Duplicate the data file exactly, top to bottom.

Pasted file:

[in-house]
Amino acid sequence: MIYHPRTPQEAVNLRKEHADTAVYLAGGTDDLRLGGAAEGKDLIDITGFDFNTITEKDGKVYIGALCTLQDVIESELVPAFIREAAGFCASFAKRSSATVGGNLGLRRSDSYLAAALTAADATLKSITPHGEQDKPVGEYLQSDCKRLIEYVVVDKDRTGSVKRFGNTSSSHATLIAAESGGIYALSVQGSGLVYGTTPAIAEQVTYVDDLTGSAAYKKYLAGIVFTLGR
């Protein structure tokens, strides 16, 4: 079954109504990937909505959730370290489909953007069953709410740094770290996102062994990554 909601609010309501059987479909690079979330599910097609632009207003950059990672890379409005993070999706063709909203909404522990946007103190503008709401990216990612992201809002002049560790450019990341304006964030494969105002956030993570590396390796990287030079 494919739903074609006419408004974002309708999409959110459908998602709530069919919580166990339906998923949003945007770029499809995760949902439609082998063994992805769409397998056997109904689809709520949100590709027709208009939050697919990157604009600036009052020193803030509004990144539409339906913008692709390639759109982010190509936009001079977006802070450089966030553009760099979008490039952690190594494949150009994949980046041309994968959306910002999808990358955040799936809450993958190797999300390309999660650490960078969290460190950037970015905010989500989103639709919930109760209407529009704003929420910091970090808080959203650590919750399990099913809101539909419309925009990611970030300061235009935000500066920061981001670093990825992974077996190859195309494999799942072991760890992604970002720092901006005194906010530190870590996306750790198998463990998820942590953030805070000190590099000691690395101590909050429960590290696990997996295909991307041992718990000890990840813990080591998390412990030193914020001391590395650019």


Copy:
[in-house]
Amino acid sequence: MIYHPRTPQEAVNLRKEHADTAVYLAGGTDDLRLGGAAEGKDLIDITGFDFNTITEKDGKVYIGALCTLQDVIESELVPAFIREAAGFCASFAKRSSATVGGNLGLRRSDSYLAAALTAADATLKSITPHGEQDKPVGEYLQSDCKRLIEYVVVDKDRTGSVKRFGNTSSSHATLIAAESGGIYALSVQGSGLVYGTTPAIAEQVTYVDDLTGSAAYKKYLAGIVFTLGR
């Protein structure tokens, strides 16, 4: 079954109504990937909505959730370290489909953007069953709410740094770290996102062994990554 909601609010309501059987479909690079979330599910097609632009207003950059990672890379409005993070999706063709909203909404522990946007103190503008709401990216990612992201809002002049560790450019990341304006964030494969105002956030993570590396390796990287030079 494919739903074609006419408004974002309708999409959110459908998602709530069919919580166990339906998923949003945007770029499809995760949902439609082998063994992805769409397998056997109904689809709520949100590709027709208009939050697919990157604009600036009052020193803030509004990144539409339906913008692709390639759109982010190509936009001079977006802070450089966030553009760099979008490039952690190594494949150009994949980046041309994968959306910002999808990358955040799936809450993958190797999300390309999660650490960078969290460190950037970015905010989500989103639709919930109760209407529009704003929420910091970090808080959203650590919750399990099913809101539909419309925009990611970030300061235009935000500066920061981001670093990825992974077996190859195309494999799942072991760890992604970002720092901006005194906010530190870590996306750790198998463990998820942590953030805070000190590099000691690395101590909050429960590290696990997996295909991307041992718990000890990840813990080591998390412990030193914020001391590395650019």